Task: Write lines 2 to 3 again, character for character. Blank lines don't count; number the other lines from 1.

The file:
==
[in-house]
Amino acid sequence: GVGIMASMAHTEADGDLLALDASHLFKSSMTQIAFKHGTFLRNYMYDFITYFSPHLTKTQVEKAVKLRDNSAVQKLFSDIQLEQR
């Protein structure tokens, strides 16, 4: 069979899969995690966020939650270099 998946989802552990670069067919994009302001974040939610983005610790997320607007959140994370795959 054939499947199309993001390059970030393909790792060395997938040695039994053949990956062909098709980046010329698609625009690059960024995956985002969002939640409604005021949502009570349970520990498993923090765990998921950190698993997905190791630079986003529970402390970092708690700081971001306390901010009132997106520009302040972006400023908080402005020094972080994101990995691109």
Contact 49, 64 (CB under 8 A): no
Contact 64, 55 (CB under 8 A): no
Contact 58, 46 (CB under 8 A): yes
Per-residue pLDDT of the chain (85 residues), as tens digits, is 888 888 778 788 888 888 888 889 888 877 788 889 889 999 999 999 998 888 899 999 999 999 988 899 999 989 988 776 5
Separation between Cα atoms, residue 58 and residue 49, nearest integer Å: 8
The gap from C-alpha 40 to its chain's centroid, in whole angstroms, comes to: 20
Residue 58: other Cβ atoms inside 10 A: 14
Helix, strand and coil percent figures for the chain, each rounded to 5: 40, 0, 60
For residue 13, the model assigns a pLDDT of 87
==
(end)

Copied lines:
Amino acid sequence: GVGIMASMAHTEADGDLLALDASHLFKSSMTQIAFKHGTFLRNYMYDFITYFSPHLTKTQVEKAVKLRDNSAVQKLFSDIQLEQR
């Protein structure tokens, strides 16, 4: 069979899969995690966020939650270099 998946989802552990670069067919994009302001974040939610983005610790997320607007959140994370795959 054939499947199309993001390059970030393909790792060395997938040695039994053949990956062909098709980046010329698609625009690059960024995956985002969002939640409604005021949502009570349970520990498993923090765990998921950190698993997905190791630079986003529970402390970092708690700081971001306390901010009132997106520009302040972006400023908080402005020094972080994101990995691109």